Rabbi Jordan Braunig will be departing Tufts Hillel in the fall to assume the role of Jewish chaplain at Emory University. Braunig served as the director of the Initiative for Innovative Community Building at Tufts Hillel.
During his tenure at the university, the Community Building Fellows program remained a central focus of Braunig’s work. According to the University Chaplaincy’s website, the purpose of the program is to decentralize Jewish life on campus by connecting fellows with other students.
Braunig underlined that the program is intended to support students and their communities.
“The real goal of the program is to empower students to organize Jewish life for themselves and for their communities,” Braunig said.
He recognized that the Community Building Fellows initiative helps hone its members’ skills as listeners and strengthens students’ ability to spread their values into the different communities they are involved in on and off campus.
“One of the sweet things about Tufts is there are lots of overlapping circles of communities, and sometimes the best way to encourage people to grapple with their Jewish identity is to bring those conversations and those events into their circles of friends,” he said.
Jake Gould, a junior who previously served as a community-building fellow in the program, acknowledged the large impact Braunig has had on his experience at Tufts and beyond.
“Rabbi Jordan has this incredible ability to make everyone he speaks to feel heard,” Gould wrote in an electronic message to the Daily. “He changed the way I view Jewish life and Jewish community on campus.”
Braunig expressed gratitude for his time at Tufts, where he said he found a natural personality fit with the students.
“I really just felt a natural connection to the student body, to students who were really open-minded and deeply passionate about their beliefs,” Braunig said.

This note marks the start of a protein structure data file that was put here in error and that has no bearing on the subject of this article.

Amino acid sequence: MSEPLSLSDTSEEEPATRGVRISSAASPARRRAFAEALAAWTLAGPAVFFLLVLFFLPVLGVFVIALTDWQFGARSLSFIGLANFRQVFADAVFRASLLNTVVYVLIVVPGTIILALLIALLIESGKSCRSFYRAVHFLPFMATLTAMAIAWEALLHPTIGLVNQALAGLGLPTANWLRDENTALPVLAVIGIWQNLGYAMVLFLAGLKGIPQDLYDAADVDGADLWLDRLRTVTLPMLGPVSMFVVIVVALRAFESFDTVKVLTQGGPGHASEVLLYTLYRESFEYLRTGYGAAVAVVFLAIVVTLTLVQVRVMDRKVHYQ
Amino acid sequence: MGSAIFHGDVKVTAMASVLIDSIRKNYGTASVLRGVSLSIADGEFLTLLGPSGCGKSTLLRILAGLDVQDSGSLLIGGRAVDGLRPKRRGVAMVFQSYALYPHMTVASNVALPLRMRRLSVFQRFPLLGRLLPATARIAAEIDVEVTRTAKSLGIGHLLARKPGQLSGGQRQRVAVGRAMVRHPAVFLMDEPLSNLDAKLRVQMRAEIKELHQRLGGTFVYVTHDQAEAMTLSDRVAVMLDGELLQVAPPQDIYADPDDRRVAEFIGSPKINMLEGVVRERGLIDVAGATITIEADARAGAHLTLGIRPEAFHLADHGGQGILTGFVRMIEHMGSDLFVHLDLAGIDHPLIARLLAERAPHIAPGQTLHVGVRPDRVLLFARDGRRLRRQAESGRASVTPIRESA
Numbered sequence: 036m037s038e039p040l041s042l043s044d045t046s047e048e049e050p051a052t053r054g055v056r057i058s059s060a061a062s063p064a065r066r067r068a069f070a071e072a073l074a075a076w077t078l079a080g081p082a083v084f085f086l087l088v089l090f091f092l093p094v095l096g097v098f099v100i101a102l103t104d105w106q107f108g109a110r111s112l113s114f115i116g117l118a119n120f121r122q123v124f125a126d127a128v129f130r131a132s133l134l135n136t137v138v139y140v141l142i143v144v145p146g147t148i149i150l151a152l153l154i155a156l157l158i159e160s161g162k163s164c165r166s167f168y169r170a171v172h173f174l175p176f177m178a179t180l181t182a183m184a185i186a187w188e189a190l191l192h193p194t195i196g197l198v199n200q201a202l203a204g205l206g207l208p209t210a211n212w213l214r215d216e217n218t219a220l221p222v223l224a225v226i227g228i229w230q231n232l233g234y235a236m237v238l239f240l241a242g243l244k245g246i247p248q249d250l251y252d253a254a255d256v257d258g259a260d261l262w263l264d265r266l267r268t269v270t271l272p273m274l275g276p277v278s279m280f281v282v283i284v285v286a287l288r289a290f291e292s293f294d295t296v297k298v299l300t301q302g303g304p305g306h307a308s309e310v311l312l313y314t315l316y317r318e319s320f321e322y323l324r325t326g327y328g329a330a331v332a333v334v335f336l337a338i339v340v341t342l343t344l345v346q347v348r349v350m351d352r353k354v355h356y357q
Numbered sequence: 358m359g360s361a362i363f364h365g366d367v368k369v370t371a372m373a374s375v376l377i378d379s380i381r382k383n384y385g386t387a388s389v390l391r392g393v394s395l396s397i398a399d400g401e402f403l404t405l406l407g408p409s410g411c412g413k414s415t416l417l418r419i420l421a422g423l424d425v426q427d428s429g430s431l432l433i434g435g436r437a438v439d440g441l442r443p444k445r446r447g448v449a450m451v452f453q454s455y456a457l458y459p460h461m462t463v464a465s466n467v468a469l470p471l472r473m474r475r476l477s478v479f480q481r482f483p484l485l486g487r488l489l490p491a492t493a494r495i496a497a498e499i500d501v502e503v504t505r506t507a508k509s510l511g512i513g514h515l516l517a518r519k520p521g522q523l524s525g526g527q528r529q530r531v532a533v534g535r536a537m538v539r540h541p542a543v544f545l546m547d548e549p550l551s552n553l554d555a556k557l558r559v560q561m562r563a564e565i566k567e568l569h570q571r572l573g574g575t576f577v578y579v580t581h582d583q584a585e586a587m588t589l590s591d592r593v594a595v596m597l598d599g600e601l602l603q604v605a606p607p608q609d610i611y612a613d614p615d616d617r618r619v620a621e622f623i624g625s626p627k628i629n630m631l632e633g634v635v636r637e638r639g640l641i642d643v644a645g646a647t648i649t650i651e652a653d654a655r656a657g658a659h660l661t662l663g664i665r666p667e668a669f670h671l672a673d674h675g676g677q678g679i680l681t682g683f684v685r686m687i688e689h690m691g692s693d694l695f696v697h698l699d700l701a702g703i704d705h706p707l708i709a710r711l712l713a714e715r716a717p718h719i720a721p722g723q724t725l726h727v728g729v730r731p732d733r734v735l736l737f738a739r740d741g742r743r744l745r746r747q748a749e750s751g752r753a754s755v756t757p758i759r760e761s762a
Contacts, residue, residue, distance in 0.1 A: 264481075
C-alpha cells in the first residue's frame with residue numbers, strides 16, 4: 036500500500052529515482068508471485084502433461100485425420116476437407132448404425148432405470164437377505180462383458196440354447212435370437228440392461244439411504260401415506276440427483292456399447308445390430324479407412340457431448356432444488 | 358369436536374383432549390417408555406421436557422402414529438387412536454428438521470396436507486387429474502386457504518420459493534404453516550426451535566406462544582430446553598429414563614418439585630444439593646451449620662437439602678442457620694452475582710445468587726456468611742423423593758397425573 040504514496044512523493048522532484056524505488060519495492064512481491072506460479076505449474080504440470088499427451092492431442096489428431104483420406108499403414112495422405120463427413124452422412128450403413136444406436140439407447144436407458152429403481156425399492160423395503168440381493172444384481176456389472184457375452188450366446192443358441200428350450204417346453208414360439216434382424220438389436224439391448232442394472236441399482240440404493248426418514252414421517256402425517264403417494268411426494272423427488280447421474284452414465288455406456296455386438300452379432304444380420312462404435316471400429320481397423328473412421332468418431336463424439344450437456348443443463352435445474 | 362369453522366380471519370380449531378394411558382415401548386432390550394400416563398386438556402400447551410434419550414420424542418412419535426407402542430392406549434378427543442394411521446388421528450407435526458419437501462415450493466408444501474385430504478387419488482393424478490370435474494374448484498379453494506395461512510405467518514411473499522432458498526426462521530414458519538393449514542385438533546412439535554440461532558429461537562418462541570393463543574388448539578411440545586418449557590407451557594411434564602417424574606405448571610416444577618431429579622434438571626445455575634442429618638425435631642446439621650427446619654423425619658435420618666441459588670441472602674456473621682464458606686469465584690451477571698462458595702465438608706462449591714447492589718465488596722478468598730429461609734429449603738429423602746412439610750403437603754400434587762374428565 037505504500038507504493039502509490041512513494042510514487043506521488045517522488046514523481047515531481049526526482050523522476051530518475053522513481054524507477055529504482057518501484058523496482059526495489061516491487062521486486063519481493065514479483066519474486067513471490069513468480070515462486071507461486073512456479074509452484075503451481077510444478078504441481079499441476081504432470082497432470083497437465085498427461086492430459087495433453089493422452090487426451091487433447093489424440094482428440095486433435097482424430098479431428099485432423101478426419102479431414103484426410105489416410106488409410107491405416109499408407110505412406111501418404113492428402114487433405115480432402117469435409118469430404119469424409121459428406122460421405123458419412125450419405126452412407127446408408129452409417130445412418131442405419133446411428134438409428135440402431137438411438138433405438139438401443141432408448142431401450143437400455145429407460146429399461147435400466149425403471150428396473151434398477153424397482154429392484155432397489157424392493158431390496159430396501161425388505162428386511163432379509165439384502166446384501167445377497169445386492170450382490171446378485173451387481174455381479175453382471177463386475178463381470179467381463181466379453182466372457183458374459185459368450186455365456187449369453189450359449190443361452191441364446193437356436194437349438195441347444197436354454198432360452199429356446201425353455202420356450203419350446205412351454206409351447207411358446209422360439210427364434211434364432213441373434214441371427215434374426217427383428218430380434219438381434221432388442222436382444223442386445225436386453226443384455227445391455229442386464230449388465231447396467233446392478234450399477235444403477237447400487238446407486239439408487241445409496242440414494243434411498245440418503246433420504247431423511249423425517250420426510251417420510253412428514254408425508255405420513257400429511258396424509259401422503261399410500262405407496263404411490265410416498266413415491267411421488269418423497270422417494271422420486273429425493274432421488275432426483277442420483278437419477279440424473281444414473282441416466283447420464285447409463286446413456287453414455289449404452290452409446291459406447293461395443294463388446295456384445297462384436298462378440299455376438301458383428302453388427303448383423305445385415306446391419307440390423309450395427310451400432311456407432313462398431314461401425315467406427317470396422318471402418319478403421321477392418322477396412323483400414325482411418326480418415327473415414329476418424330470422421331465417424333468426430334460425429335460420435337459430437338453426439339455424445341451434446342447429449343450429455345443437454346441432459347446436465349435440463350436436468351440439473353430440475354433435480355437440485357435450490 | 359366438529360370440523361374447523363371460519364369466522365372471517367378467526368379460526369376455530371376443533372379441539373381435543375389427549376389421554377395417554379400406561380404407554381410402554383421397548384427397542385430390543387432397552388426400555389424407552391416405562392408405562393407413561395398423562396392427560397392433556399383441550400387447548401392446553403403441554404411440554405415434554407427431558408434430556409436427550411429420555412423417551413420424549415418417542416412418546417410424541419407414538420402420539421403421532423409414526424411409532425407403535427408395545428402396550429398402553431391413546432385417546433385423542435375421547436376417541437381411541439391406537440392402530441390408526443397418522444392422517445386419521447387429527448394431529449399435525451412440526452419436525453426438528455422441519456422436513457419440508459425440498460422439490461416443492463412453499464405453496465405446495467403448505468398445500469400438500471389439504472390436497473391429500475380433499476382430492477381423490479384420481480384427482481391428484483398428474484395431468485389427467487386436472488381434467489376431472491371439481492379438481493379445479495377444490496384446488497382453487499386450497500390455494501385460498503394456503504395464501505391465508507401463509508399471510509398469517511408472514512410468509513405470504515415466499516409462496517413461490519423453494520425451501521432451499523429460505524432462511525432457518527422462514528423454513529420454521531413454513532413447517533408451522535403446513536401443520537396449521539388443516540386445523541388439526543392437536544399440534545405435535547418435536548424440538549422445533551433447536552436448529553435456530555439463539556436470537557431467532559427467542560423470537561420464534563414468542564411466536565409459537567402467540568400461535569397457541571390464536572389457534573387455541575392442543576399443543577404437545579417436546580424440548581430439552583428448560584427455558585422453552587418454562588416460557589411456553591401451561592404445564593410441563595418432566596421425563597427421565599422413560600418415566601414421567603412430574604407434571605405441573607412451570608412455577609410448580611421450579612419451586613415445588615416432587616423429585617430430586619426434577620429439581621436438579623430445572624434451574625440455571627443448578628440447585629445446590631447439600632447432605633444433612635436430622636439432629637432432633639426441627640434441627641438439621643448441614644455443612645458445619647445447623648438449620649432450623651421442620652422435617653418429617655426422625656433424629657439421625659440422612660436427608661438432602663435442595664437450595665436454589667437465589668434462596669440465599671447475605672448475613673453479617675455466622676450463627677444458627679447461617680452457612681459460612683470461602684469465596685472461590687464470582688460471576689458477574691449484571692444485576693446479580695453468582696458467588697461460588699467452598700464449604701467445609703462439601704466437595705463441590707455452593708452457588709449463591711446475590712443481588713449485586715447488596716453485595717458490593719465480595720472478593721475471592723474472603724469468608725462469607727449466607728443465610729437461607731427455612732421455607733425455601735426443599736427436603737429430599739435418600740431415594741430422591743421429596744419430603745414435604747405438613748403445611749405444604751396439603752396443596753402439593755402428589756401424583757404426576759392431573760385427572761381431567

He added that the highlight of his job was simply getting to know the students on a deeper level and recounted some of his favorite memories working at the university.
“Specific memories of events [include] Hanukkah happening in Tamper [Cafe] on Boston Ave,” he said. “[Also] marching with students and dining hall workers, and seeing students — sometimes first-years and sophomores — taking the lead and standing in solidarity with people whom they were really just getting to know on campus.”
Apart from leading the program, Braunig taught two courses within the Judaic studies department: Introduction to Talmud in the fall and Creativity and Queerness in Rabbinic Literature in the spring.
Jennifer Gray (E’20) was one of Braunig’s students and participated in his fall course.
“In Intro to Talmud, Rabbi Jordan built a community in his classroom by encouraging us to collaborate with new peers and always reminding us to start each study session by asking how the other was doing,” Gray wrote in an electronic message to the Daily.
Rabbi Naftali Brawer, who is the Neubauer executive director of Tufts Hillel and also a Jewish chaplain, acknowledged Braunig’s commitment to enriching Jewish life on campus and his ability to uplift those around him.
“He brings to his work the wonderful combination of deep Jewish wisdom and playful creativity,” Brawer wrote in an email to the Daily.
On Aug. 28, Tufts Hillel announced that Elizabeth Aeschlimann will be replacing Braunig in the interim as director of community building.